LOS ANGELES—The Lakers traded for Steve Nash because of what he was. They gave Kobe Bryant $48 million because of what he was. They hired Byron Scott, at least in part, because of what he was. Early Thursday night, they stepped into the future, and drafted a backcourt dynamo based on what his game is. For more than a month, the Lakers were expected to pick JahlilOkafor, and dip into their past once again. Okafor is a polished low-post presence who surely recalled some of the legendary big men this franchise was founded on. In 1995, or even 2005, he would have been the choice. But it is 2015, when back-to-the-basket scorers are a luxury, not a necessity. “Who won the championship?” D’Angelo Russell said, a question that sounded more like an exclamation.
The Lakers, having been sidetracked by nostalgia in recent years, resisted it this time. They saw how the Clippers seized the city with Chris Paul. They saw how the Warriors dusted the field with Stephen Curry. They saw how the Rockets were resuscitated by James Harden. They can’t know whether Russell will join that list of play-making, sweet-shooting guards, but they collected enough evidence to indicate that he could. In grabbing Russell, the Ohio State product, second overall, the Lakers finally and officially joined the small-ball revolution and the modern NBA. Now, they too employ a jitterbug who can bound around a high screen, sink a pull-up three or feather a telepathic pass, the bedrock of so much contemporary offense.
Nineteen years ago, Jerry West famously watched Kobe Bryant eviscerate Michael Cooper in a pre-draft workout at Inglewood High School and told his lieutenants, “Okay, I’ve seen enough.” Because these are the Lakers, and there always has to be some nostalgia, L.A.'s assistant director of scouting Ryan West was asked if he experienced an epiphany like his father’s. West immediately flashed back to Russell’s second workout at the Lakers' practice facility on June 20, when he whipped fastballs that UCLA’s Kevon Looney and Washington’s Robert Upshaw were scarcely prepared to catch.
Okafor was the safe pick, despite his inconsistent defense and ragged free-throw shooting. The Lakers believe he can win Rookie of the Year. They believe he can be an All-Star. But they believe Russell can be a megastar. Though he is listed as a point guard, the Lakers were reminded most of Harden, a shooting guard who lacks elite athleticism but is crafty enough to create space, exploit angles, and reach his spots. Like Harden, Russell is a southpaw who prefers to drive left, yet few defenses can deter him. But what distinguishes Russell—same as fellow Louisville prep product Rajon Rondo—is his vision. “He’s one of the best passers I’ve ever seen,” said Don MacLean, who conducted Russell’s pre-draft training sessions.
The Lakers, who have been connected with Rondo for months, will instead look to build around a backcourt of Russell and Jordan Clarkson. They will likely dangle a max contract offer at power forwards LaMarcus Aldridge and Kevin Love, as well as centers DeAndre Jordan and Marc Gasol. There is a glut of bigs on the market, and a dearth of guards, but Lakers general manager Mitch Kupchak insisted that disparity had no bearing on the team’s pick. Neither, he added, did recent trends.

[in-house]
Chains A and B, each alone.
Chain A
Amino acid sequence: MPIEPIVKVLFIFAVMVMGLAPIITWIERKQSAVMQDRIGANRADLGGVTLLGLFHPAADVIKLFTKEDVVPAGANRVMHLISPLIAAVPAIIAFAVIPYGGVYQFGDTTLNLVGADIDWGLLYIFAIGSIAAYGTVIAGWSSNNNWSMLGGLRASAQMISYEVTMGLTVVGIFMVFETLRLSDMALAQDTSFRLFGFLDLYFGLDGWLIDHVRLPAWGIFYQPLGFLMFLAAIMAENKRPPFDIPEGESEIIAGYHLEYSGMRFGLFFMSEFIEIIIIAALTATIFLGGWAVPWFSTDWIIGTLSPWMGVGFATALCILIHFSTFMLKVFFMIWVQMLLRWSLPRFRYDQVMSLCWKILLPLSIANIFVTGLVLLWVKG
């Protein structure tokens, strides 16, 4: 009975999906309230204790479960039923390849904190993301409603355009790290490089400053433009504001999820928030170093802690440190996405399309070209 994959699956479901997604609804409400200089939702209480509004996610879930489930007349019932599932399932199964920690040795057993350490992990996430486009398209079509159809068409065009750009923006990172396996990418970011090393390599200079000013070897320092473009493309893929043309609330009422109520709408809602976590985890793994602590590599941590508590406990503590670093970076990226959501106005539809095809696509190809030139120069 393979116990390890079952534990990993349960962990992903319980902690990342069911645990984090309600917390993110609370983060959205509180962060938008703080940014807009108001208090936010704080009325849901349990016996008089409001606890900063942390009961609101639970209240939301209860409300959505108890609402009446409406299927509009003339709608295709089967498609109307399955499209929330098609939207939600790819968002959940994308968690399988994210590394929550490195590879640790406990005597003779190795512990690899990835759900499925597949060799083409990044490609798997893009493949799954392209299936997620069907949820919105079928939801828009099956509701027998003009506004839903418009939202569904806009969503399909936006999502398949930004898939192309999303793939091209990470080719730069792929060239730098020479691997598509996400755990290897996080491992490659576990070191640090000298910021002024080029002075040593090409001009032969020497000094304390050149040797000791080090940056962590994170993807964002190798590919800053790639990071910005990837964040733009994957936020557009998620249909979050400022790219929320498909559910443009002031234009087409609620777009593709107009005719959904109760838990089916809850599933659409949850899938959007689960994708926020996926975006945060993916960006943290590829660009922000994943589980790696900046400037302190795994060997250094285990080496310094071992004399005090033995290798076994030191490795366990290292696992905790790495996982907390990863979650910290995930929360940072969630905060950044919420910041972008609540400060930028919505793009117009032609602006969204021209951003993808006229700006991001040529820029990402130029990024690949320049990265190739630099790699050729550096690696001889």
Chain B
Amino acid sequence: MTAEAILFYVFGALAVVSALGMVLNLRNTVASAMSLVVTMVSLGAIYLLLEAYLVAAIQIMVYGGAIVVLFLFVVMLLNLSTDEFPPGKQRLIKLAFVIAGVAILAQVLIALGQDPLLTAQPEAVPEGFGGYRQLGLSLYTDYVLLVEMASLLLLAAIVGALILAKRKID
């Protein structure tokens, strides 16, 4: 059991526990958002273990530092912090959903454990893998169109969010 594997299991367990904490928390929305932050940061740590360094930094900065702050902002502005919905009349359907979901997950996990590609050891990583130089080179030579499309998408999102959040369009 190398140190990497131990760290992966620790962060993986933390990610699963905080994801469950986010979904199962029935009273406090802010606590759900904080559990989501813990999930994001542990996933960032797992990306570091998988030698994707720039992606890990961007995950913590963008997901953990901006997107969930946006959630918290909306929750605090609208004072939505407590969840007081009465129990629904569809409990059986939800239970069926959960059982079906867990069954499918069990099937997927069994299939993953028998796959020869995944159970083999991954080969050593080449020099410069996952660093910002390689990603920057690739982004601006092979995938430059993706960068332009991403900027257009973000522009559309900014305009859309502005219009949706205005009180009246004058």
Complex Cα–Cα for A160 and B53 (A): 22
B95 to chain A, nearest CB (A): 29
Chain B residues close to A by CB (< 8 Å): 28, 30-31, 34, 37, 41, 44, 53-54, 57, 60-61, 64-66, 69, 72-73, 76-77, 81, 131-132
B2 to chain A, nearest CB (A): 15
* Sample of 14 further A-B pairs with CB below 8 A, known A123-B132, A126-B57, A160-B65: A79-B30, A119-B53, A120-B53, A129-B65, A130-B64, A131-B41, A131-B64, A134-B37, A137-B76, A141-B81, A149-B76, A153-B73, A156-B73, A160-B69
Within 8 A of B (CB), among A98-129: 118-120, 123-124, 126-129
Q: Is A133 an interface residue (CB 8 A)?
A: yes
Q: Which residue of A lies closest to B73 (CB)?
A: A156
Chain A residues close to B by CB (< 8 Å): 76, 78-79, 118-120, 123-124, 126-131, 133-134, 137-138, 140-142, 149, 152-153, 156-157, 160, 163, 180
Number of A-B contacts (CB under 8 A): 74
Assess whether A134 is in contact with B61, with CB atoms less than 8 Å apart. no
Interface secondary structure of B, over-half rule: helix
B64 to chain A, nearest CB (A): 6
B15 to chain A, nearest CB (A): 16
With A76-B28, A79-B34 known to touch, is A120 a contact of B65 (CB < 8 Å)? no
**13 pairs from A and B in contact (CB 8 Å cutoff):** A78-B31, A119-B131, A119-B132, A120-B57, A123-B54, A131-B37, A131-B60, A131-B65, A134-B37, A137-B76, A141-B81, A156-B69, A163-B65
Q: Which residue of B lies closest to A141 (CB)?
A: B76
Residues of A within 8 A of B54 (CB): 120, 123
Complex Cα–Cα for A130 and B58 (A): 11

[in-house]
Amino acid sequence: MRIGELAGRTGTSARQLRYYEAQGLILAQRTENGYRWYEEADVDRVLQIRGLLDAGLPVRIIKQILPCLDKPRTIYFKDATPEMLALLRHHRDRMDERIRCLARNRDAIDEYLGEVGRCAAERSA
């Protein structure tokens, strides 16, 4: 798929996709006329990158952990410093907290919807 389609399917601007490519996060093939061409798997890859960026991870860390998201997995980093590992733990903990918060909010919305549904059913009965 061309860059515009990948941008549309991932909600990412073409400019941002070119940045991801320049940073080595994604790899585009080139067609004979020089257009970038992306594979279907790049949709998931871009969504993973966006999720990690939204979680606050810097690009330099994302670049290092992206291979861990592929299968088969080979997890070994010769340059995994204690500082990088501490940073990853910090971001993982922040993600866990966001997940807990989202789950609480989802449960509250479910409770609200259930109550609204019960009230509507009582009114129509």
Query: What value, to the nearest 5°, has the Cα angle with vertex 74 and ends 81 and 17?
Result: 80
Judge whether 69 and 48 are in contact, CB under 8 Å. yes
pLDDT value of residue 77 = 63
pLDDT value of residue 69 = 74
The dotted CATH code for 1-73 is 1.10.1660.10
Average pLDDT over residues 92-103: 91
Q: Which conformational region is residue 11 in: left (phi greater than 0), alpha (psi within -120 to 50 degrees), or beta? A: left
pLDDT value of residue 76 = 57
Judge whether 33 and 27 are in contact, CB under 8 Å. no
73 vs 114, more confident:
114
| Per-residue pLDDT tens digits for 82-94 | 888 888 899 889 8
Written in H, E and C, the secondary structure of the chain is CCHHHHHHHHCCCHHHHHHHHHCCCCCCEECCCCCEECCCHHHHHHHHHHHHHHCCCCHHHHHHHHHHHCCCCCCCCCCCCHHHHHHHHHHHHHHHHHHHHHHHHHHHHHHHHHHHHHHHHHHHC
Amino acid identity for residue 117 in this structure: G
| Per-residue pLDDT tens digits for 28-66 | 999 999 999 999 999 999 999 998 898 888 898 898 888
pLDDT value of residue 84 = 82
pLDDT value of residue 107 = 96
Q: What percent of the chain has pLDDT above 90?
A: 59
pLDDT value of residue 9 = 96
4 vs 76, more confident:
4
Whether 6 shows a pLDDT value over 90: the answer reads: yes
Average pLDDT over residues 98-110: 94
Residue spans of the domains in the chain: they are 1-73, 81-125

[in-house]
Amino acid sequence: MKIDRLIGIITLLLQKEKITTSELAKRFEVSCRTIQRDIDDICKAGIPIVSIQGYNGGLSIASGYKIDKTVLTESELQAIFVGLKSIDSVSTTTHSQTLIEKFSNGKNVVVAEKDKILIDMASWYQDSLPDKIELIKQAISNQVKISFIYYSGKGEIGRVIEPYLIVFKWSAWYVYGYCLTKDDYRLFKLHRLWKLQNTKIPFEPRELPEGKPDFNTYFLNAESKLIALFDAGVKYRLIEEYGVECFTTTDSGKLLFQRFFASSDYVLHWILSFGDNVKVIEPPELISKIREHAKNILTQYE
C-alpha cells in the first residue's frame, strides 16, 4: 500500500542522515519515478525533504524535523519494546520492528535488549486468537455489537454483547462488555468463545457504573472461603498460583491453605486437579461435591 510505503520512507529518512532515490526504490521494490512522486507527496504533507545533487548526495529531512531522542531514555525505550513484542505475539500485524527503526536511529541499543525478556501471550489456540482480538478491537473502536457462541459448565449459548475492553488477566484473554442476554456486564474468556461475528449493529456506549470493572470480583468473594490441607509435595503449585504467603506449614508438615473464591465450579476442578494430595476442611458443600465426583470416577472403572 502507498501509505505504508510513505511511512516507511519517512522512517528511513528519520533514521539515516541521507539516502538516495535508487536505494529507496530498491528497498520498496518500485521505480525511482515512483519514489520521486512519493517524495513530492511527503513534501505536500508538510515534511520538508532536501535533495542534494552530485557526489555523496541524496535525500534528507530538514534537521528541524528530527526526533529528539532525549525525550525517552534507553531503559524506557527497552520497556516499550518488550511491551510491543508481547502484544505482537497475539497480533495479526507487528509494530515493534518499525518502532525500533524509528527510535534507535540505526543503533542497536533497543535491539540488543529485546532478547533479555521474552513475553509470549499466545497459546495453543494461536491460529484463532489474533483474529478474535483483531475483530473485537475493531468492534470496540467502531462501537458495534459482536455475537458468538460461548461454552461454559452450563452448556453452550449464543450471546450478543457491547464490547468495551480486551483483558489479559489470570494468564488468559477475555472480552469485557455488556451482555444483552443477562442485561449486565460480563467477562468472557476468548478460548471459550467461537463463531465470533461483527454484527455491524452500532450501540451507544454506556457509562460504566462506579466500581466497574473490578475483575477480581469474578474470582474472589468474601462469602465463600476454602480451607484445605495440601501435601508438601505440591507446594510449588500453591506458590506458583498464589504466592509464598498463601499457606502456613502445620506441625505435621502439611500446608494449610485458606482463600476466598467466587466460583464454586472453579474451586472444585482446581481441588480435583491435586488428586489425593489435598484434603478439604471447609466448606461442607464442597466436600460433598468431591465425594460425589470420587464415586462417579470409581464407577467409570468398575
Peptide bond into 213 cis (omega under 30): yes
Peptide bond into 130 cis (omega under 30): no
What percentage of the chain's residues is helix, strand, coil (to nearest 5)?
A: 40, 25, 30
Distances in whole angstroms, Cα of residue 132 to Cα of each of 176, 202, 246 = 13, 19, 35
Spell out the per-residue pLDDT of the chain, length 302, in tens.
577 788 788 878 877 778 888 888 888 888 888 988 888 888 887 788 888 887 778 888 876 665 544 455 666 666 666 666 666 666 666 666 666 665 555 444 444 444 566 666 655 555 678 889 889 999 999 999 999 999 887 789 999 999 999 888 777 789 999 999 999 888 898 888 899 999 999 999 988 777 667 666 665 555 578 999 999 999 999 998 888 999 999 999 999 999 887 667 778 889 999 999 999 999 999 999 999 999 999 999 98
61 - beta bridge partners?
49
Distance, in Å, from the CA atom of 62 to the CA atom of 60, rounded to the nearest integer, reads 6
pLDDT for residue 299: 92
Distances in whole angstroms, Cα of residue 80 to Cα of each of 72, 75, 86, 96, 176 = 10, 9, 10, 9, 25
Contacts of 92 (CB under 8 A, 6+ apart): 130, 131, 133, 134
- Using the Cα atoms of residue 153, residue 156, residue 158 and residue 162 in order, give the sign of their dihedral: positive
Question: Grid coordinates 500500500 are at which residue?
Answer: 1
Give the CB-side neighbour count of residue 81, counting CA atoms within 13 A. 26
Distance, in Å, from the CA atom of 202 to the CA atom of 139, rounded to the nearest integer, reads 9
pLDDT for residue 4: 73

Kupchak stared at the wall in the Lakers facility, wallpapered with retired jerseys of Wilt Chamberlain, Kareem Abdul-Jabbar and Shaquille O’Neal. “You still need quality big men in this league,” he declared, “and if any of those players on the wall were available, we would have selected them.” Then he turned his gaze to the jerseys of Jerry West, Magic Johnson and Gail Goodrich, further evidence that legends come in different sizes.
Scott played with Magic and coached Jason Kidd, Chris Paul and Kyrie Irving. Under his guidance, Paul and Irving earned Rookie of the Year, setting the standard for Russell. “I think he could be one of the better ones I’ve had,” Scott said. Like Paul, Russell is represented by CAA, and they have worked out together this spring. Comparing anybody to Paul is unfair, but four years after commissioner David Stern made his notorious veto, the Lakers may finally be filling their void at the point. Expectations in Los Angeles will be astronomical, yet no higher than Russell’s own. The Lakers were struck by his staggering confidence, which verged on cockiness, but came up short. He yearned to play for them, to learn from Bryant, to shoulder the big-city burden. When the cameras approached Thursday night, he looked at his father, and noticed tears in his eyes. “That made my emotions rattle a little bit,” Russell said. The cameras won’t be leaving anytime soon. D’Angelo Russell is stepping into the modern NBA, and so are the Lakers.